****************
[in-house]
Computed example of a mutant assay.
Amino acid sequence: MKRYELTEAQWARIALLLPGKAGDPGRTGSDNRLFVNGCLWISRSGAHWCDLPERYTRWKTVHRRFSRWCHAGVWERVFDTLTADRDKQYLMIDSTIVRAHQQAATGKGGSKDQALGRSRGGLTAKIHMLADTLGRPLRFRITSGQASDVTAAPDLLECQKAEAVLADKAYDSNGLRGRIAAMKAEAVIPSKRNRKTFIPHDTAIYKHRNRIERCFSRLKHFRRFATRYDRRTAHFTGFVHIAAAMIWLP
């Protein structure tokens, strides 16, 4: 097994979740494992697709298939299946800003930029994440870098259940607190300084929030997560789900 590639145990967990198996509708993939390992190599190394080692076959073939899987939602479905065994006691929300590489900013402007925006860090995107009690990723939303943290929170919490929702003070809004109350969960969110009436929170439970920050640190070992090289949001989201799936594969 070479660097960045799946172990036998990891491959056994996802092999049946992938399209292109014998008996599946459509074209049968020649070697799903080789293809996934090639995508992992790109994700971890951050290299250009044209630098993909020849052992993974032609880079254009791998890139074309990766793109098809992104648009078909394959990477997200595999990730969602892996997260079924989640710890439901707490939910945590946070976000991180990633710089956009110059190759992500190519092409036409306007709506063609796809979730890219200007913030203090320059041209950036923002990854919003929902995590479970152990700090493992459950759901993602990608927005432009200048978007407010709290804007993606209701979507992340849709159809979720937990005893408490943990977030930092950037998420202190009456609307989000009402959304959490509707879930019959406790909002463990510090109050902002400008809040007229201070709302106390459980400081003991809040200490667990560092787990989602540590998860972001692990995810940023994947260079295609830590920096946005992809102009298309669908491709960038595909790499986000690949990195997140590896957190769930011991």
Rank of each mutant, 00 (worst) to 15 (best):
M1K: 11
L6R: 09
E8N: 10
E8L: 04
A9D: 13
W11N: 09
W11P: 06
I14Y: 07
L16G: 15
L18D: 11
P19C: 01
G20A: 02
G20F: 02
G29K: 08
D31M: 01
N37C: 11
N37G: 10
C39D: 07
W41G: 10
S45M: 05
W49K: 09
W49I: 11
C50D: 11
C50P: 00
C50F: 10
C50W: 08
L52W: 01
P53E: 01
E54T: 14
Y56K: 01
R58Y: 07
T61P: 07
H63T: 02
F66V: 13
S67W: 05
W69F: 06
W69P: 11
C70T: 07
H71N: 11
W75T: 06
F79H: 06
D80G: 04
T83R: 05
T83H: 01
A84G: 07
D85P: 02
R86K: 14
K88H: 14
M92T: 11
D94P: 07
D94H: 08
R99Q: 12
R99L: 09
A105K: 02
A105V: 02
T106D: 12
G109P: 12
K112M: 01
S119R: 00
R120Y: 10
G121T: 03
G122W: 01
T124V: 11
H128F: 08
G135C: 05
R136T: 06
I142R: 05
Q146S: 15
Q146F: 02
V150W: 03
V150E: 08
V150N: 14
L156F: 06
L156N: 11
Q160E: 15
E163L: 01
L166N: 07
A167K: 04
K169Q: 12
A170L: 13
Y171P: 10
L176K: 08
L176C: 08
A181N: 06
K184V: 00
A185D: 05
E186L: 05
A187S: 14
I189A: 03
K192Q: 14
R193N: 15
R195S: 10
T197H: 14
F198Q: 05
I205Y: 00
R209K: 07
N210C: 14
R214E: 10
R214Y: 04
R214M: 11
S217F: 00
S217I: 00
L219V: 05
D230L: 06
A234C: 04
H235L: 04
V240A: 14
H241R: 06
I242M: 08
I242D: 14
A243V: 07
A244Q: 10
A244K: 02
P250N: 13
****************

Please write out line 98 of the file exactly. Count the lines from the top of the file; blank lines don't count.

T197H: 14